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Love Writing for Money But Hate Paying Taxes? 9 Tips for Writers
by Beth Fowler
(Disclaimer: The author a writing weenie, not a
tax weenie. Consult a reputable accountant or attorney for tax advice pertaining
to your particular circumstances.)
If you love writing for money, but hate sharing
too much of your writing income with the IRS, then its time to bone up on the
U.S. Department of the Treasurys tax guidelines.
1. Business or Hobby? Visit http://www.irs.gov and type Hobby or Business in the search
field. Read over the descriptions distinguishing a business from a hobby.
Generally speaking, if writing activities meet some or all of the descriptions,
you can probably claim business deductions. Some tests for business vs. hobby
include writing that is profit motivated, conducting writing activities in a
businesslike manner, spending major chunks of time and effort on writing.
Earning a profit isnt one of the tests.
2. Ban Boo-boos: The sooner Uncle Sam receives
your completed form, the sooner you get your refund check
unless the form gets
held up in the federal labyrinth because it contains the kind of boo-boos
millions and millions of filers make every tax year. According to Leslie Haggin
Geary, CNN/Money Staff Writer, (http://money.cnn.com/2003/02/13/pf/taxes/q_taxerror/) the most
common errors comprise writing the wrong social security number, forgetting to
sign the form, making math errors, using the wrong tax table, not applying for
Earned Income Credit, not including W-2s and 1099s; not claiming child-care
credit, and not claiming mortgage deductions.
3. Hire an Accountant: "Itll be one of the best
things you could ever do for yourself," Peter Bowerman wrote in his book The
Well-Fed Writer (www.wellfedwriter.com). Accountants know about deductions,
recent rule changes, which receipts and records to keep and are less likely (one
hopes) to make those basic boo-boos laypeople do. By the way, accountants fees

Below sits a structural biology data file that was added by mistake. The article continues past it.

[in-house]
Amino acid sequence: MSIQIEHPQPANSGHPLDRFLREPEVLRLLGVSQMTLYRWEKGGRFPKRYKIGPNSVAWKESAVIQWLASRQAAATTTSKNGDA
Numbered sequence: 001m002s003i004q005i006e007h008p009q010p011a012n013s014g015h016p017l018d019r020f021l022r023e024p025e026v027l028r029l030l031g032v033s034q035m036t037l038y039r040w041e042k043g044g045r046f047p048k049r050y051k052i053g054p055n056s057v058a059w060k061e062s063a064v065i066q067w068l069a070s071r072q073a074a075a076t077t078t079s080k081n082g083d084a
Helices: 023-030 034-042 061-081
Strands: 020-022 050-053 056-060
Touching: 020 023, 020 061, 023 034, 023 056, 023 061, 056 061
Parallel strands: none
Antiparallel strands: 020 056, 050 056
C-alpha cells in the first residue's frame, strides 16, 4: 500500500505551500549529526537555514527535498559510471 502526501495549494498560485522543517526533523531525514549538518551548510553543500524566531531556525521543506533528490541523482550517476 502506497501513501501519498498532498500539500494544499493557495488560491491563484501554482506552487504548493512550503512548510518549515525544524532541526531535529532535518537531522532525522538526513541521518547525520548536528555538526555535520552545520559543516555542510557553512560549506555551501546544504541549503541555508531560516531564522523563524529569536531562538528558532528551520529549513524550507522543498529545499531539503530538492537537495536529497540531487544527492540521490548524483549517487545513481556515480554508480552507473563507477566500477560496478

are tax deductible for small- or home-based business owners using Schedule C or
4. Log Transactions Regularly: Procrastination
can lead to crunch-time mistakes, headaches and late filing penalties. Thats
why experts recommend scheduling time regularly to record financial
transactions. Once a day, once a month
the frequency depends on the volume of
paperwork your writing business creates and the amount of time you can tolerate
sorting transactions and logging them in during one sitting. Home-based business
owners and my accountant recommend QuickBooks (www.quickbooks.com) for
recording business transactions. Pencil n paper works, too.
5. Claim Business Expenses: The "Tax Guide for
Small Business" (2003 Publication 334 at www.irs.gov ) defines deductible
business expenses as those which are "ordinary and necessary." Were talking
business-related mileage, writers conference fees, postage, memberships, paper
and that lobster dinner you bought for the editor youre buttering up. All ya
gotta do is keep records and poke a calculator to tally your deductions.
6. Depreciate: Keep receipts of business-related
assets youve bought, that is, stuff you dont use up. Your computer, scanner,
reference books and the like are assets. Ask your accountant to look over these
receipts to determine if the costs can be depreciated for tax purposes.
7. Establish a Home Office: "Each year,"
well-fed Bowerman said, "I get to deduct a portion of my house note, utilities,
and much more." Bowerman enjoys those deductions because hes most likely using
a "separately identifiable" space in his home exclusively and regularly for the
business of writing. If, for instance, the childrens Lego Hogwarts castle is
strewn across the so-called office floor, IRS eyebrows would rise regarding the
"exclusively" criteria. Tom Herman, The Wall Street Journal "Tax
Report" columnist (http://sunday.wsj.com), suggests that people claiming home
office deductions should "understand all the fine print and keep good records,
including photographs of your office, in case the IRS challenges you."
8. Pray about Gray Areas: Federal tax laws have
been interpreted differently by both IRS employees and tax consultants. Are
contributors copies of magazines considered as income? Must authors make a
profit three out of five years to qualify as a business? The answer depends upon
who was asked.
9. Calculate the Bottom Line: "After figuring
your business income and expenses," goes the Tax Guide for Small Business, "you
are ready to figure the net profit or net loss from your business. You do this
by subtracting business expenses from business income. If your expenses are less
than your income, the difference is net profit. If your expenses are more than
and so on.
You might love to hate taxes, but youll
definitely hate paying more federal taxes than you legally have to. Learn about
taxes and keep records so you can reclaim your writing dollars.
© Copyright 2004, Beth Fowler
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